• 80% des victimes de trafic humain dans le monde sont des jeunes filles et des femmes;
  • Statut juridique: Dans plusieurs pays, les femmes sont privées des droits légaux de base. Ici, au Canada, les femmes sont protégées par notre Charte canadienne des droits et libertés;
  • Les risques reliés à la maternité sont très élevés dans plusieurs pays, surtout dans les pays pauvres. Les experts croient qu’avec un investissement de base, presque 2 millions de bébés et 250 mille mères pourraient être sauvés chaque année.

En cette journée internationale des femmes 2018, je crois qu’il est important  de se rappeler tous ces problèmes et bien comprendre ces statistiques peu reluisantes, mais on doit aussi mettre l’emphase sur la recherche de solutions. Et tout cela commence par l’éducation et l’élaboration de stratégies pour changer les comportements et les attitudes.

Selon moi, l’aspect-clé pour la réussite de ce changement de mentalité passe par la mobilisation des garçons et des hommes. Avec ces changements d’attitudes, nous pouvons construire un vrai sens d’égalité.

Cette égalité est vraiment possible dans nos écoles, dans nos familles et dans nos différents domaines de travail. Au nom de la justice sociale, reconsidérez votre rôle dans cette célébration de la journée internationale des femmes. La date du 8 mars reste symbolique, mais nous devons tous vivre et défendre le principe de justice et d’égalité entre les sexes tous les jours de l’année! – Christopher Shannon, directeur

 

 

Head’s Blog: Reflections on Black History Month

Black_History_MonthOn this last day of Black History Month, let’s reflect on the history of black Canadians and the particularly difficult early years when slavery was the norm. It is important to remember that African slaves were introduced into what was then “British North America” in the latter part of the 1600s. They were violently stolen from their homes in Africa and forced into lives of servitude very far away.

As you know, slaves possessed no rights and were coerced into forced labour, which actually brought economic benefit to this country and even more so to the US where the number of slaves was much larger.

Slavery ended in Canada in 1834 but lasted until 1865 in the US, after the American Civil War. That 30-year period is when the “Underground Railway” of slaves seeking freedom in Canada became so famous. In total, slavery in the US had a significant 250-year legacy, with about four million slaves in the US when they were emancipated in 1865 (about 13% of the total population.)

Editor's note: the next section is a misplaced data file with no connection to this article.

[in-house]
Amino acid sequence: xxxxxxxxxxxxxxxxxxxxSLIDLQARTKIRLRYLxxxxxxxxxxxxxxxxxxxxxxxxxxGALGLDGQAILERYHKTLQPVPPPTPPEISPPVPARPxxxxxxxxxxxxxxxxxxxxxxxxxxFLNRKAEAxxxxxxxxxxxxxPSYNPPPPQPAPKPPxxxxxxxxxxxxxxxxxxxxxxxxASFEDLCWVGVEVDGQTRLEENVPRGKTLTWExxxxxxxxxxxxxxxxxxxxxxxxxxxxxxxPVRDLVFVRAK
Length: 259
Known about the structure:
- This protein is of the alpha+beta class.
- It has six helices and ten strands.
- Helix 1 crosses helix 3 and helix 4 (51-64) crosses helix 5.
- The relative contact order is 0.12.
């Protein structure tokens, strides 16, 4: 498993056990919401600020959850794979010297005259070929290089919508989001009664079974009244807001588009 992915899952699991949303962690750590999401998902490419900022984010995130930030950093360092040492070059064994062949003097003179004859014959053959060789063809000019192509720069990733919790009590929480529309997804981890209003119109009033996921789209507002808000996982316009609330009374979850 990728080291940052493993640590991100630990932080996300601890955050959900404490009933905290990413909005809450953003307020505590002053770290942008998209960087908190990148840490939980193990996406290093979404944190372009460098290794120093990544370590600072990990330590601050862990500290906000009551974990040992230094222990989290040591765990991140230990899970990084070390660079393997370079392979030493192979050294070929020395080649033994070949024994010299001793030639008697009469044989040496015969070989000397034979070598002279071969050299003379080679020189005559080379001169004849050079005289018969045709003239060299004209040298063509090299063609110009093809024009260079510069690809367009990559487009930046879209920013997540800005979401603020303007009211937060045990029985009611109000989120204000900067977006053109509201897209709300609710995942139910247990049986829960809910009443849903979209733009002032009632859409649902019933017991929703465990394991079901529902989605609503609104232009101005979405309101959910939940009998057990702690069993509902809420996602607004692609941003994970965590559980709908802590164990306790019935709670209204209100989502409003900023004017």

Despite their emancipation, African Americans were not immediately offered the same freedoms and privileges as white Americans. Open segregation endured in the American south well into the 1960s during the era of Dr. Martin Luther King Jr. and the civil rights movement.

Today, many writers, activists and commentators – both black and white – point to many inequities that persist today between the African American population and the white majority. Perhaps one of the great indicators of the long-term impact and challenging legacy of slavery and inequity in America today is the large-scale and disproportionate imprisonment of African Americans, especially males.

A few years ago, I gained a better appreciation of this topic by listening to a passionate presentation by African-American lawyer, writer, and social activist, Bryan Stevenson. Some have compared Stevenson to a modern Martin Luther King, and others have called him America’s Mandela. After that speech, I bought his insightful book Just Mercy.

Mr. Stevenson works closely with men in prison, including men on death row. He emphasizes that one of the great divisive issues in the US today is the disproportionate number of African American males in prison. Approximately 2.3 million prisoners, or 40% of all American inmates, are African American, while the black population only represents 13% of the total population. This incarceration rate is five times the rate of white Americans.

To put this in perspective, there are more African- American men imprisoned in the US today than the total prison populations of Canada, India, Argentina, Lebanon, Japan, Germany, Finland, Israel and England combined (Antonio Moore, Huffington Post).

In Canada, we have a total of 40,000 people in our prisons, compared to America’s prison population of close to six million people – about 150 times as many.

Yet, even here in Canada, while our black population represents approximately 3% of the total population, 10% of the total prison population is black, and that rate is growing quickly.

Bryan Stevenson is in his mid 50s and attended an all-black high school in Alabama. Restrictions on African Americans were such that even his father was not allowed to attend high school. Stevenson was a very good student, the first in his family to graduate from high school, and he earned a full scholarship to university in Philadelphia, followed by Harvard Law School and the Kennedy School of Government.

But despite being at outstanding universities, he says there was little meaningful discussion about inequity, its causes and possible solutions. While most of his Harvard classmates went to work on Wall Street or in fancy law firms, he was drawn to helping condemned men receive proper care and support. He realized that greater social justice had to be supported by action, compassion and empathy.